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Utah Amended Constitutional Carry Bill Passes Senate

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Article first appeared on Ammoland.com

U.S.A. –-(AmmoLand.com)- Utah is very close to passing HB60a strong Constitutional Carry bill. HB60 passed the House, 54-19. It passed the Senate 22-6. In the Senate, the bill was amended to include the creation of an account to provide funds for suicide prevention.

HB60 creates a restricted account in which the funds collected for concealed carry permits are segregated and used for the administration of the issuance of the permits.

The Senate amendment takes 50% of the funds left over at the end of the fiscal year, from the concealed carry account, and assigns them to a suicide prevention fund, where the focus is to be on firearm safety as related to suicide prevention. From the amended bill:

27 ▸ provides for the transfer of unused funds in the Concealed Weapons Account to the
28 Division of Substance Abuse and Mental Health for suicide prevention efforts; and
29 ▸ creates the Suicide Prevention and Education Fund within the division for suicide
30 prevention efforts.

Bureaucrats are very good at using funds they are told they will lose, if not used by the end of the fiscal year. Some may because it will only be 50% of the money left over.  It seems unlikely that very much money will be transferred to the suicide fund.

Because the bill was amended, it has been placed on the conference committee calendar. It is likely the Senate amendment will be accepted by the committee and sent to Governor Spencer Cox.  Governor Cox has said he is supportive of Constitutional Carry and is expected to sign HB60.

Update: HB60 has been approved by the House, signed by the Speaker, and sent for enrollment.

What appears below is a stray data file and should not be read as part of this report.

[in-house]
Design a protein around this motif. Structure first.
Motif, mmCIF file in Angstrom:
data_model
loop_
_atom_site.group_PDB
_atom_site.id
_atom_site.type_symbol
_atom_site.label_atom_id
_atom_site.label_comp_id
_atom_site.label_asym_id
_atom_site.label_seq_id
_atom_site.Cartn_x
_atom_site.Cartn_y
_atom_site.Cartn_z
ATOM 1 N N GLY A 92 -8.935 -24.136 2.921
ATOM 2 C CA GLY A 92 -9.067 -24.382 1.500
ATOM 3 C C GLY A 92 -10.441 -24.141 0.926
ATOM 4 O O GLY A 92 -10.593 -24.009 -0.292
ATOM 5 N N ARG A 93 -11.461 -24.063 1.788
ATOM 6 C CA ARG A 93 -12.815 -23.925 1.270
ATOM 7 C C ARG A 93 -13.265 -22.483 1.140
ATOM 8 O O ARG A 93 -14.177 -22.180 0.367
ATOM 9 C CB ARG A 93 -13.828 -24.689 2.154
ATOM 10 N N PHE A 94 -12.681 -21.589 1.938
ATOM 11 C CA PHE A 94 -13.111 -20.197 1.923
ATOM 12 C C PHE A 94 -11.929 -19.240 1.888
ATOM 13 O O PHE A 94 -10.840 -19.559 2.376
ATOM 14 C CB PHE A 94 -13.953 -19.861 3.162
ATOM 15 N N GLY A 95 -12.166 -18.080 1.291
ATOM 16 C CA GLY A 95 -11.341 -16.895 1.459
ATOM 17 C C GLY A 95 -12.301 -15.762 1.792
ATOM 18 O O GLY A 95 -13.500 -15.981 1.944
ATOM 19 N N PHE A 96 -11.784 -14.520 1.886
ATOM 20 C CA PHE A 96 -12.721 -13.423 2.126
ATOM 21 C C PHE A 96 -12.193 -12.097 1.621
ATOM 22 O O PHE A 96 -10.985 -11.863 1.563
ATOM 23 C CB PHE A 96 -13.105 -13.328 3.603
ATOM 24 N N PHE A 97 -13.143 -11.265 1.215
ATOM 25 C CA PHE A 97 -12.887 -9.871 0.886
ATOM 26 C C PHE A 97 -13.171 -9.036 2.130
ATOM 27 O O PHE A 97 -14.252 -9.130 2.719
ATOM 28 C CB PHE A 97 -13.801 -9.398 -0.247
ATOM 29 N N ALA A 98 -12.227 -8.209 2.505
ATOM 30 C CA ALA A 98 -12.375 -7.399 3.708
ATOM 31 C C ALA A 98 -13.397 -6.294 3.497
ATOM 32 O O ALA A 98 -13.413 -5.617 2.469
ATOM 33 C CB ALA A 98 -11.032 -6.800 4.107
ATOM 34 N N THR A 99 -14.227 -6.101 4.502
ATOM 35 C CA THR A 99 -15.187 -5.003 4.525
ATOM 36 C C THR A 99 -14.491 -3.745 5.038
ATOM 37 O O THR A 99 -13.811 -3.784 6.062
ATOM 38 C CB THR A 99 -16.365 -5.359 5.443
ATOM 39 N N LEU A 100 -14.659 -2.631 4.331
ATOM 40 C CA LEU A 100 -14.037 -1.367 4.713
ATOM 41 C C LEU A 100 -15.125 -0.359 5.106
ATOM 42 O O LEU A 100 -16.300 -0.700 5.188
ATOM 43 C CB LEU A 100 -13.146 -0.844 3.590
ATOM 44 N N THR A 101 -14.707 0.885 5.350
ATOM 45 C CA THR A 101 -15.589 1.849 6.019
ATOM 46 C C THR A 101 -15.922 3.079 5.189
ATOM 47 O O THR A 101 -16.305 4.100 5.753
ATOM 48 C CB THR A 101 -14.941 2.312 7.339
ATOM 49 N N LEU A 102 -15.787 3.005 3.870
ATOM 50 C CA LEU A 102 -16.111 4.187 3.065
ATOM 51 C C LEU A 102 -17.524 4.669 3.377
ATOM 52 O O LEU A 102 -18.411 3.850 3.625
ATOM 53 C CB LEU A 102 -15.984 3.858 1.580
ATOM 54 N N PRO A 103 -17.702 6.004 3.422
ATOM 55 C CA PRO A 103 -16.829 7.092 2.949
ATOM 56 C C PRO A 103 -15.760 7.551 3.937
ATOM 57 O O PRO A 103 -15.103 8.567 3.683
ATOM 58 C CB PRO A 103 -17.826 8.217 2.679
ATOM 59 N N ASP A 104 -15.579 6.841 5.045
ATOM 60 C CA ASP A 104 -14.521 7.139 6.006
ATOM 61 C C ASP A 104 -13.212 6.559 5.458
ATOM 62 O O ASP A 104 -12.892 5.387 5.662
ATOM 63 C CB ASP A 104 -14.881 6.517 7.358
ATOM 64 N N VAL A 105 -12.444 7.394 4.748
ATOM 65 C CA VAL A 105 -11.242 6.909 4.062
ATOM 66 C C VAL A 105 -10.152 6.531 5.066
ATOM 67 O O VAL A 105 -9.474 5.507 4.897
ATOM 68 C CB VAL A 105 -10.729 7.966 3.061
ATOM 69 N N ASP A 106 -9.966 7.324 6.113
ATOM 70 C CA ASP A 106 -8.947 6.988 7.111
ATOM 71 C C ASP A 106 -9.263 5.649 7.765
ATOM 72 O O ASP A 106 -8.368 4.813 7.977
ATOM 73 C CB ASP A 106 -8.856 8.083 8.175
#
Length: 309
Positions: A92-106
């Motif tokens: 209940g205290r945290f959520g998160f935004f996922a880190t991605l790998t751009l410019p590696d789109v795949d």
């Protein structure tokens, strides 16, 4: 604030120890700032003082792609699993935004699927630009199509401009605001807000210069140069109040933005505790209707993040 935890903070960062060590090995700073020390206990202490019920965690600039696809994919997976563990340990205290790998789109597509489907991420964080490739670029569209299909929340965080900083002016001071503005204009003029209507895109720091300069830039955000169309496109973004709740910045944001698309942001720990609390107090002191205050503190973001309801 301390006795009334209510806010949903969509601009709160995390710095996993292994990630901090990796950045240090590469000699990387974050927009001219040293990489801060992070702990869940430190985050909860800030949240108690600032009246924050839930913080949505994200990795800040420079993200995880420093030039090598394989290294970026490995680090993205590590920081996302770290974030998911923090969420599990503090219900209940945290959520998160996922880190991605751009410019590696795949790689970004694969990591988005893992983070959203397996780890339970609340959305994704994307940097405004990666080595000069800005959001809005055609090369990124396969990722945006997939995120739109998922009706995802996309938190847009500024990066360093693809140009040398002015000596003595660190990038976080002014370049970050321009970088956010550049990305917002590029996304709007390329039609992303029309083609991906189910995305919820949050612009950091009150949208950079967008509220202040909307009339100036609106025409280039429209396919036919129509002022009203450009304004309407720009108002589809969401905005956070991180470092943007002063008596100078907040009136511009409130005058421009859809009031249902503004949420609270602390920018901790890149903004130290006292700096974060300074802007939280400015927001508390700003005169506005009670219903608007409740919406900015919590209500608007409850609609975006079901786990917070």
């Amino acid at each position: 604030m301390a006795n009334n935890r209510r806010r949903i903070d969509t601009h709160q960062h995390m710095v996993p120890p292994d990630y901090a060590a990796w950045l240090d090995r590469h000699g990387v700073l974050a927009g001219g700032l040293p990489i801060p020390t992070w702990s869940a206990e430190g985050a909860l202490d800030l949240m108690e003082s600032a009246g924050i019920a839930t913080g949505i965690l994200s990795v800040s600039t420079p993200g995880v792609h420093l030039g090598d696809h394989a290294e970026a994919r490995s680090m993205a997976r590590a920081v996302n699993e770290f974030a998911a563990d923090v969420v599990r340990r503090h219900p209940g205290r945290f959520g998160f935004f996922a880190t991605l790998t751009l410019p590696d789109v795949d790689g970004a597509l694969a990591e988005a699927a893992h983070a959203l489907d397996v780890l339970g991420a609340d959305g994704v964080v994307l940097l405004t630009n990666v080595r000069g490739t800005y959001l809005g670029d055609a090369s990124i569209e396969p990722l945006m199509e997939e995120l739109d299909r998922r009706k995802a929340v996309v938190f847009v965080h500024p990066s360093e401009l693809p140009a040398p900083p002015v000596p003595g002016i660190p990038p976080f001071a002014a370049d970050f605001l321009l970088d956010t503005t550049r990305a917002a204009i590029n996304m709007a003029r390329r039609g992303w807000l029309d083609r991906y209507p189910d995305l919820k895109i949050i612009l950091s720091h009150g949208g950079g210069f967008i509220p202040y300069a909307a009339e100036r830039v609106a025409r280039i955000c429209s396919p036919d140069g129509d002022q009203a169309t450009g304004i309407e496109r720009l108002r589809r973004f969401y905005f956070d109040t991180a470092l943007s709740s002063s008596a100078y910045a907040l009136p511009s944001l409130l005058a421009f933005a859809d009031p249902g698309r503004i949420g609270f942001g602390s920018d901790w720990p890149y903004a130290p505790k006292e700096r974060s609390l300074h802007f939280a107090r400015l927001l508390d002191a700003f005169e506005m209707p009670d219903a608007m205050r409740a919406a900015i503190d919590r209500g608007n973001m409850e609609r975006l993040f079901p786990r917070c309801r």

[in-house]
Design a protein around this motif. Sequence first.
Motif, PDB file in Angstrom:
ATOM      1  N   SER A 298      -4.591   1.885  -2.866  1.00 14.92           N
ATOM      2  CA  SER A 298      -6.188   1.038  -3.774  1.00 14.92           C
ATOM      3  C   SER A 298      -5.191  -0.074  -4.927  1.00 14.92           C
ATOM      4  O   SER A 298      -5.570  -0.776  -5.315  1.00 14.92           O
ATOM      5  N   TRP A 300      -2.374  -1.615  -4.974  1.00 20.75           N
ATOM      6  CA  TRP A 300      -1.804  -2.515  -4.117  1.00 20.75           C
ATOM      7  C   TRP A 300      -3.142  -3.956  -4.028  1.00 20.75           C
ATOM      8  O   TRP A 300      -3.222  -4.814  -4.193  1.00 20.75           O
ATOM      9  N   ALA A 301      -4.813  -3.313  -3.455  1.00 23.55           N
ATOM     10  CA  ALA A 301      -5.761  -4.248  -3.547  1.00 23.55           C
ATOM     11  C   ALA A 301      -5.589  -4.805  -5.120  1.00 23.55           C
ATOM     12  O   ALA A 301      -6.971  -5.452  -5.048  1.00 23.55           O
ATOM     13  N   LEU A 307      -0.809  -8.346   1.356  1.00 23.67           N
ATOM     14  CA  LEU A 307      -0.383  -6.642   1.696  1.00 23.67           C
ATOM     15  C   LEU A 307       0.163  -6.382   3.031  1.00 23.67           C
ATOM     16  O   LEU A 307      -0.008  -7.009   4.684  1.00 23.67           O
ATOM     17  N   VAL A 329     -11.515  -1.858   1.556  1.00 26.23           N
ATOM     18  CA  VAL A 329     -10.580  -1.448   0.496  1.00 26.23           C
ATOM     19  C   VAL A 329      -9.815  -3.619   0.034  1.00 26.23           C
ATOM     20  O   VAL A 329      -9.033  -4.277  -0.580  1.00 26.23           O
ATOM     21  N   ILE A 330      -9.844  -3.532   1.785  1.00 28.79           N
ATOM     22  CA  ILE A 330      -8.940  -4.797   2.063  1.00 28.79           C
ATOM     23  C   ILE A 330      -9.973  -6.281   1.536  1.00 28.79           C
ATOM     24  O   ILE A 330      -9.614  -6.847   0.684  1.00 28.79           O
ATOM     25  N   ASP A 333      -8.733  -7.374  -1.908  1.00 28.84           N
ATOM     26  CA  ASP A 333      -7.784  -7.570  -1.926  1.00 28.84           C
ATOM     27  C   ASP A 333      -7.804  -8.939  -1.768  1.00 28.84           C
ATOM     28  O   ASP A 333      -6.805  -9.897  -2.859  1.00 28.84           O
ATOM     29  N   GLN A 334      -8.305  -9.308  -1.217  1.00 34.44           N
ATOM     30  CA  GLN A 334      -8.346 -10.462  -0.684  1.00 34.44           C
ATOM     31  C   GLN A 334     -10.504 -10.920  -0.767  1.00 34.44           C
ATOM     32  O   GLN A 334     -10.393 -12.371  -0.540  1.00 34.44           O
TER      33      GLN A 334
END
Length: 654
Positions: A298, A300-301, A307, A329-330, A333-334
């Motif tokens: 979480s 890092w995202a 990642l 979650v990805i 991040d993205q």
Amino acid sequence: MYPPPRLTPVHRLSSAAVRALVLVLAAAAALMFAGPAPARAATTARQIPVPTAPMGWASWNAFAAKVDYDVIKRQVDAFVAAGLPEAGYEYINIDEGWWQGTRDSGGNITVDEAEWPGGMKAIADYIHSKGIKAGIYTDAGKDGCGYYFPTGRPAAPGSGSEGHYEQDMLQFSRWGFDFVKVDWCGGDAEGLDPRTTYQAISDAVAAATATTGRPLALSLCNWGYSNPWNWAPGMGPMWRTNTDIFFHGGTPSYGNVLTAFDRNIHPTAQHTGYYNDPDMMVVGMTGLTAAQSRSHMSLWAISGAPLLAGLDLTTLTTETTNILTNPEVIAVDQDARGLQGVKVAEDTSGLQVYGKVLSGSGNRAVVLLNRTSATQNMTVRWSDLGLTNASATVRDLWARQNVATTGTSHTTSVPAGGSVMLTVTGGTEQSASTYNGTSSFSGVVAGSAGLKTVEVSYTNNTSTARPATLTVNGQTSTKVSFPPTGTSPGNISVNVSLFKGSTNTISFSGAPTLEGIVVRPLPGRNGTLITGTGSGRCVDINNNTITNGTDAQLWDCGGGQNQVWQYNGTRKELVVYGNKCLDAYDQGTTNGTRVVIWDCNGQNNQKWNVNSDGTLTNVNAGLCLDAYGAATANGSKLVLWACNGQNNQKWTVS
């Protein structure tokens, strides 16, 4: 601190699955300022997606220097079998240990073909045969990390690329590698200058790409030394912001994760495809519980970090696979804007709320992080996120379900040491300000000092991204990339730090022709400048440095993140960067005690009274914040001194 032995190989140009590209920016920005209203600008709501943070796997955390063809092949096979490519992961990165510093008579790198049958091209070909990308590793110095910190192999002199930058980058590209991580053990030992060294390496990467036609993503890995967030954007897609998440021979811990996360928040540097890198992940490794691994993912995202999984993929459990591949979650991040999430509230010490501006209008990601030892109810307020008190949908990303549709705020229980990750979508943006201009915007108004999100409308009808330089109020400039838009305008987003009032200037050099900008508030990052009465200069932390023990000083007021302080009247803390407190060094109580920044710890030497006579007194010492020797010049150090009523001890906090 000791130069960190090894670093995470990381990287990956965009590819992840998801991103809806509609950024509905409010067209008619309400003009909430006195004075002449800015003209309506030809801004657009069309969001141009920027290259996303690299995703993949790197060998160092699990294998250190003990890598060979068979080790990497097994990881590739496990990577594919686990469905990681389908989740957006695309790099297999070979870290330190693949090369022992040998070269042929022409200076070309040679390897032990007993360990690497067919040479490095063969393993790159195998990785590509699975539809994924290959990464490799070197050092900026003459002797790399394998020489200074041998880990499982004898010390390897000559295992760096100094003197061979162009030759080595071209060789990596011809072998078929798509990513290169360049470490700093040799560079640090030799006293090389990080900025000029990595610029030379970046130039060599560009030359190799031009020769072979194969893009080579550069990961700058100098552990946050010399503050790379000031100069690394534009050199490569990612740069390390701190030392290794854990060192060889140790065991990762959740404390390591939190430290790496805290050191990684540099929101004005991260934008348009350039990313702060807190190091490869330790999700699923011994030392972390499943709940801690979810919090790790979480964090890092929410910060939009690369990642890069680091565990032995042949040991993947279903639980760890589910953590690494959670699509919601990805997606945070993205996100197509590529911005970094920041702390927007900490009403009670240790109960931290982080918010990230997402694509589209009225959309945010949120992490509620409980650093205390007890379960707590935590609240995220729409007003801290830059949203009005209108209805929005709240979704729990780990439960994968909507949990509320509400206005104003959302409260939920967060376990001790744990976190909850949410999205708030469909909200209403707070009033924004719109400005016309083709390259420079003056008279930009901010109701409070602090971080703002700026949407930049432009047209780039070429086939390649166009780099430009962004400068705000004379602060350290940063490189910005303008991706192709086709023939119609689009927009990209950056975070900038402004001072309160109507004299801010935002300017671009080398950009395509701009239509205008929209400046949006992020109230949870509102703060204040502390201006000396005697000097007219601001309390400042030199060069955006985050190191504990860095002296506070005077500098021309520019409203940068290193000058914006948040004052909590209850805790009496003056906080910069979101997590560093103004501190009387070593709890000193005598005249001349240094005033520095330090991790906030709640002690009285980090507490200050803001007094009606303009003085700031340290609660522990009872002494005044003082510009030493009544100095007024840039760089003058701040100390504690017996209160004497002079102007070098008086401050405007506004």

Utah is likely to be either the 17th or 18th state to pass Constitutional Carry. The Montana legislature has passed a significant reform of the state gun laws, with includes Constitutional (permitless) Carry.

Governor Greg Gianforte of Montana has been reported as saying he wishes the Montana Constitutional Carry bill, HB102, to be the first bill he signs into law.

The Utah bill is a stand-alone Constitutional Carry bill. It eliminates most restrictions on concealed carry of firearms by adding a section to existing law. From a previous AmmoLand article:

HB60 accomplishes this in a simple manner. It adds a section to the end of Statute 76-10-504 which says:

(5) Subsection 76-10-504(1) does not apply to a person 21 years old or older who may otherwise lawfully possess a firearm.

Both the Utah HB60 and Montana HB102 contain close approximations of the state of firearms carry law when the Second Amendment was ratified in 1791. At that time, there were no state or federal prohibitions on the open or concealed carry of weapons in the new United States of America.

Vermont has always had Constitutional Carry.

Fifteen States have restored a reasonable version of Constitutional Carry. The 15 states are, in order of restoration:

  • Alaska
  • Arizona
  • Wyoming
  • Arkansas
  • Kansas
  • Maine
  • Idaho
  • Missouri
  • West Virginia
  • Mississippi
  • New Hampshire
  • North Dakota
  • South Dakota
  • Oklahoma
  • Kentucky

Montana and Utah are likely to be added to the list by the middle of February 2021.  The states started enacting restrictions of the carry of weapons in the early 1800s, to restrict slaves. Most early gun restrictions were designed to keep slaves and minorities disarmed and subservient.

The right to bear arms is one of the last fundamental Constitutional rights to be restored to minorities in the United States. All of the Constitutional Carry reforms are color blind. As no permit is required, no discrimination can be applied in granting permits, as is still common in some states, such as California.


About Dean Weingarten:

Dean Weingarten has been a peace officer, a military officer, was on the University of Wisconsin Pistol Team for four years, and was first certified to teach firearms safety in 1973. He taught the Arizona concealed carry course for fifteen years until the goal of Constitutional Carry was attained. He has degrees in meteorology and mining engineering, and retired from the Department of Defense after a 30 year career in Army Research, Development, Testing, and Evaluation.

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